About 20 minutes later, the question cards were done.  I collected, shuffled and redistributed the cards. Kids formed groups of three or four.  Each group began playing with the game board  I supplied.  When they finished using their set of question cards, I swapped them with another group’s, then another’s, to ensure that they didn’t run out of game cards.

Last week’s lesson was a great example of what Doug Fisher, PhD calls “shifting the cognitive burden” from teachers to students.

Clear Game Rules

Students playing board game to learn at schoolI like my game boards to be set up for easy implementation. The rules are simple. To begin, the first students answers a game card question. If she answers correctly, she flips a penny (way better than dice in class) and moves ahead one space (heads) or two spaces (tails).  If her answer was wrong, the card goes back into the deck.

Then the next player draws the next question/answer card. Even though the game rules are simple, I print the them on the board so that students can refer to them (and hopefully problem-solve if an argument arises).

Game Pieces

Playing classroom board games made by studentsIn terms of game pieces, I have tried all sorts of things. In the early days, I had students wad up small pieces of paper, or look for small objects in their backpack. Now I just give them a small package that contains a penny and four game pieces. You can use bingo markers, Monopoly pieces, etc. I use small erasers because I had them on hand. Now that I supply the “game gear,” they no longer waste time rummaging through their backpacks for something to use.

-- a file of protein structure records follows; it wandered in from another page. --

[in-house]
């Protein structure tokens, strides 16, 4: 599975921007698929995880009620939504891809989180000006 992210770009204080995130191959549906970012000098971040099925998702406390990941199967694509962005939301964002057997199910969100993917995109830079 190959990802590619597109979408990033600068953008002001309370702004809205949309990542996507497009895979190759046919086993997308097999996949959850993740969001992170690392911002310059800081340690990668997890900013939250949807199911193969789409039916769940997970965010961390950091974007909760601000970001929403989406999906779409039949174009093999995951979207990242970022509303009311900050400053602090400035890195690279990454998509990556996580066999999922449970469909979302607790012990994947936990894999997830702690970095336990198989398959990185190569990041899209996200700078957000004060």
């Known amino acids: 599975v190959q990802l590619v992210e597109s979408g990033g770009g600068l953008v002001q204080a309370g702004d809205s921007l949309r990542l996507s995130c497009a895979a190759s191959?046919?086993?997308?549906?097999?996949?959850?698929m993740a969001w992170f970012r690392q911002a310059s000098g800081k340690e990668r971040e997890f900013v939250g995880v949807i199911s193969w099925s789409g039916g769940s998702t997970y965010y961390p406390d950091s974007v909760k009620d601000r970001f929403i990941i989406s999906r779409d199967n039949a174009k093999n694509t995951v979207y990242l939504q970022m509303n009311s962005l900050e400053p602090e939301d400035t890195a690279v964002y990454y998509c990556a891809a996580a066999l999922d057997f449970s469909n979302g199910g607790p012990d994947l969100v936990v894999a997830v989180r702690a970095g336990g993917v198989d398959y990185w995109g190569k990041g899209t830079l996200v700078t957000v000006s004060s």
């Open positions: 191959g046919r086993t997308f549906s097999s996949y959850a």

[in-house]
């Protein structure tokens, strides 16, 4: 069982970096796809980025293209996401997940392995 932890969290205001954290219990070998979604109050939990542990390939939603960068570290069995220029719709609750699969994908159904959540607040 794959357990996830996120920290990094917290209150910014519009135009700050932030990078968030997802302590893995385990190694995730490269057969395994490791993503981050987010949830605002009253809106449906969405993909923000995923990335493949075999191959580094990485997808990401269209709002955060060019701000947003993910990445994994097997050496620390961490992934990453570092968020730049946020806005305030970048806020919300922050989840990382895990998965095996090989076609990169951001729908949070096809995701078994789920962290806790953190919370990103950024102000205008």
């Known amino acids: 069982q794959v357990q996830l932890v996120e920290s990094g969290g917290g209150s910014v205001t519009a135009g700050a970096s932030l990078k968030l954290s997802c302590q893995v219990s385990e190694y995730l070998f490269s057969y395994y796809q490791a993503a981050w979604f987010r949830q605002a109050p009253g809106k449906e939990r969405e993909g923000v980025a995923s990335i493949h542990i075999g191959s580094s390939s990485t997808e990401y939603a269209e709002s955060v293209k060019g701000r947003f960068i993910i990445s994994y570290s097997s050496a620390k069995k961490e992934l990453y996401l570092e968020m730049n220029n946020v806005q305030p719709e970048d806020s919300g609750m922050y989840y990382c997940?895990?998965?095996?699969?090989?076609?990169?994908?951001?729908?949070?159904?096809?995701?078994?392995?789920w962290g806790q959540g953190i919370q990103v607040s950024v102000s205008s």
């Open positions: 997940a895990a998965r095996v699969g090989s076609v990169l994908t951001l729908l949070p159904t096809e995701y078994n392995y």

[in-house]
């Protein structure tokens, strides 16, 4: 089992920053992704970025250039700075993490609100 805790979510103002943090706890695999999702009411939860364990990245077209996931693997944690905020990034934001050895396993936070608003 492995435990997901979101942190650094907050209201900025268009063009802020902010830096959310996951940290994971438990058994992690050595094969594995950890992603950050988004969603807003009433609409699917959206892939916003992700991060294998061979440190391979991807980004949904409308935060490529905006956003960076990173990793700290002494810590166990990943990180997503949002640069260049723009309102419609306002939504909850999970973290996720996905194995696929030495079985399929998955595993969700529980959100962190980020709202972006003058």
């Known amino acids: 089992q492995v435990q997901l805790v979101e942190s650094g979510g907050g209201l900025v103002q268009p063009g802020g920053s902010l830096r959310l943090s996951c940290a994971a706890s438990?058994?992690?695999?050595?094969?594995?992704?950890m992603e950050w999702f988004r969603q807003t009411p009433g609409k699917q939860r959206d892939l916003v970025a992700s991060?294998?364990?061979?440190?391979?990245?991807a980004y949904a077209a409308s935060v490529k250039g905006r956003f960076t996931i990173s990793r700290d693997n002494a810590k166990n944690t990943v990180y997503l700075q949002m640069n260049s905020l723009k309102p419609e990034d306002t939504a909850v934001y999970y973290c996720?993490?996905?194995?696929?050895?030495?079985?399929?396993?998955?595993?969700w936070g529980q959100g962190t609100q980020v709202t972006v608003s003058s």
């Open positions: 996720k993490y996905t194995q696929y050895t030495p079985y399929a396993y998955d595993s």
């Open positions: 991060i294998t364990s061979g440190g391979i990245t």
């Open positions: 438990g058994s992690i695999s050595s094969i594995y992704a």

Looking for Some Ready-Made Games?

Check out these classroom games that I made for my students, and now sell on  Each one is designed to be low prep – just print and play.

The Takeaway

I love classroom activities that are engaging and make students think.  This project made me think, too.

  • Creating classroom board games this way requires students to operate at many levels of Bloom’s Taxonomy.  At the lower level, this lesson requires students to  comprehend the text. Moving up the cognitive scale, they also have to synthesize their understanding to formulate questions and then evaluate those questions to ensure that they are not too easy or too hard.
  • The social pressure makes them hunker down: they know that their cards are going to be passed to other groups – and that their names are on the cards. Wanting to be judged positively by their peers, they take their task more seriously.   This reminds us again of the value of writing for an authentic audience – even if it’s just a few sentences.
  • Creating the game also makes students more interested in playing it. They like knowing who wrote which questions, and sometimes ask their peers to re-write the cards that are confusing.

There are so many ways to use classroom board games. How are you using them? Do you have board game ideas?  Please share your ideas and comments below.